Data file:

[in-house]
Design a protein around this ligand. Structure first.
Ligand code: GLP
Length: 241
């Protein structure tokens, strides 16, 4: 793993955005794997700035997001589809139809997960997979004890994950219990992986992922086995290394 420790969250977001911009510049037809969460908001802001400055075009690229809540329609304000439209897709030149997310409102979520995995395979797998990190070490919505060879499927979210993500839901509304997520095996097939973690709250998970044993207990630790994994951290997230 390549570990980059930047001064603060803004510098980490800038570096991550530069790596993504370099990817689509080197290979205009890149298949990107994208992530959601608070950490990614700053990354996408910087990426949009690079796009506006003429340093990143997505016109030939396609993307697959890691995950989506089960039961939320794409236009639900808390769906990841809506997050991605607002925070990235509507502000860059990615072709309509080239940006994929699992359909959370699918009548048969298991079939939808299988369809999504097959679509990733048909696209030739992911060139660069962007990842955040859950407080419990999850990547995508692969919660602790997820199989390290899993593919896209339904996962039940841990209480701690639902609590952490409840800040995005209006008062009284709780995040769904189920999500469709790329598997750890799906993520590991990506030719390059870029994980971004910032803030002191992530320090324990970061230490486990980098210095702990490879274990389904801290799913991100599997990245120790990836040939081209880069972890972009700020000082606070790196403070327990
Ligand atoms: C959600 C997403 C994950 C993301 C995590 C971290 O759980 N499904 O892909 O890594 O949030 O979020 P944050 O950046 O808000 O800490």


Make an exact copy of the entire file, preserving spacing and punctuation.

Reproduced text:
[in-house]
Design a protein around this ligand. Structure first.
Ligand code: GLP
Length: 241
């Protein structure tokens, strides 16, 4: 793993955005794997700035997001589809139809997960997979004890994950219990992986992922086995290394 420790969250977001911009510049037809969460908001802001400055075009690229809540329609304000439209897709030149997310409102979520995995395979797998990190070490919505060879499927979210993500839901509304997520095996097939973690709250998970044993207990630790994994951290997230 390549570990980059930047001064603060803004510098980490800038570096991550530069790596993504370099990817689509080197290979205009890149298949990107994208992530959601608070950490990614700053990354996408910087990426949009690079796009506006003429340093990143997505016109030939396609993307697959890691995950989506089960039961939320794409236009639900808390769906990841809506997050991605607002925070990235509507502000860059990615072709309509080239940006994929699992359909959370699918009548048969298991079939939808299988369809999504097959679509990733048909696209030739992911060139660069962007990842955040859950407080419990999850990547995508692969919660602790997820199989390290899993593919896209339904996962039940841990209480701690639902609590952490409840800040995005209006008062009284709780995040769904189920999500469709790329598997750890799906993520590991990506030719390059870029994980971004910032803030002191992530320090324990970061230490486990980098210095702990490879274990389904801290799913991100599997990245120790990836040939081209880069972890972009700020000082606070790196403070327990
Ligand atoms: C959600 C997403 C994950 C993301 C995590 C971290 O759980 N499904 O892909 O890594 O949030 O979020 P944050 O950046 O808000 O800490």